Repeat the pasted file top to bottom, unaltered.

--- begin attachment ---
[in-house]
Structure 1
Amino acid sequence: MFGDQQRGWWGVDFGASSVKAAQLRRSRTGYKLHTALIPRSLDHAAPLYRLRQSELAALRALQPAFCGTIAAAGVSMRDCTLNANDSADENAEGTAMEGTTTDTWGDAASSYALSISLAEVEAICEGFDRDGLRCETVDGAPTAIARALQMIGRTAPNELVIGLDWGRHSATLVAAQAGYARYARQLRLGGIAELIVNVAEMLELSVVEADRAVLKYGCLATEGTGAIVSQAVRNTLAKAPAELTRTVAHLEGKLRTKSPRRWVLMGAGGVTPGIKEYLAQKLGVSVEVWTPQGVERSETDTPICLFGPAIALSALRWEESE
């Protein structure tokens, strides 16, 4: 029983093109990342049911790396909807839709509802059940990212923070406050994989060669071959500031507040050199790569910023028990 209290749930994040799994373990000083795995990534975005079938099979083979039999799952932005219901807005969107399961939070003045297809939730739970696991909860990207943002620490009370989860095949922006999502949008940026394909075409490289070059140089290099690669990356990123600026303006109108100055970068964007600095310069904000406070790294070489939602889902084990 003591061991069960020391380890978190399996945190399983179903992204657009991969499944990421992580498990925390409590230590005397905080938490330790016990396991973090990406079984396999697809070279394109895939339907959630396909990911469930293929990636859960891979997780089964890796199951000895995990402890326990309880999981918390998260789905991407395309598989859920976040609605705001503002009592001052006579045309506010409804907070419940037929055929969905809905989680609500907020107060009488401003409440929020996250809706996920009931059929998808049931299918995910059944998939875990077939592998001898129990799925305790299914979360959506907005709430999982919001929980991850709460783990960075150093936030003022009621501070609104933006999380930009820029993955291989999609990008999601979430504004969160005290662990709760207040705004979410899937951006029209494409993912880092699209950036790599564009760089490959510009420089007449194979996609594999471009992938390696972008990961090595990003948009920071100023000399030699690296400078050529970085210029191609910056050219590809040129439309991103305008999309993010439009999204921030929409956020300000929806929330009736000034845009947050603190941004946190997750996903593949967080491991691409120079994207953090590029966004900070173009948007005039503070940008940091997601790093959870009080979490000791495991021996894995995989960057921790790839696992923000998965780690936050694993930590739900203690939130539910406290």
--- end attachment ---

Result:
[in-house]
Structure 1
Amino acid sequence: MFGDQQRGWWGVDFGASSVKAAQLRRSRTGYKLHTALIPRSLDHAAPLYRLRQSELAALRALQPAFCGTIAAAGVSMRDCTLNANDSADENAEGTAMEGTTTDTWGDAASSYALSISLAEVEAICEGFDRDGLRCETVDGAPTAIARALQMIGRTAPNELVIGLDWGRHSATLVAAQAGYARYARQLRLGGIAELIVNVAEMLELSVVEADRAVLKYGCLATEGTGAIVSQAVRNTLAKAPAELTRTVAHLEGKLRTKSPRRWVLMGAGGVTPGIKEYLAQKLGVSVEVWTPQGVERSETDTPICLFGPAIALSALRWEESE
């Protein structure tokens, strides 16, 4: 029983093109990342049911790396909807839709509802059940990212923070406050994989060669071959500031507040050199790569910023028990 209290749930994040799994373990000083795995990534975005079938099979083979039999799952932005219901807005969107399961939070003045297809939730739970696991909860990207943002620490009370989860095949922006999502949008940026394909075409490289070059140089290099690669990356990123600026303006109108100055970068964007600095310069904000406070790294070489939602889902084990 003591061991069960020391380890978190399996945190399983179903992204657009991969499944990421992580498990925390409590230590005397905080938490330790016990396991973090990406079984396999697809070279394109895939339907959630396909990911469930293929990636859960891979997780089964890796199951000895995990402890326990309880999981918390998260789905991407395309598989859920976040609605705001503002009592001052006579045309506010409804907070419940037929055929969905809905989680609500907020107060009488401003409440929020996250809706996920009931059929998808049931299918995910059944998939875990077939592998001898129990799925305790299914979360959506907005709430999982919001929980991850709460783990960075150093936030003022009621501070609104933006999380930009820029993955291989999609990008999601979430504004969160005290662990709760207040705004979410899937951006029209494409993912880092699209950036790599564009760089490959510009420089007449194979996609594999471009992938390696972008990961090595990003948009920071100023000399030699690296400078050529970085210029191609910056050219590809040129439309991103305008999309993010439009999204921030929409956020300000929806929330009736000034845009947050603190941004946190997750996903593949967080491991691409120079994207953090590029966004900070173009948007005039503070940008940091997601790093959870009080979490000791495991021996894995995989960057921790790839696992923000998965780690936050694993930590739900203690939130539910406290």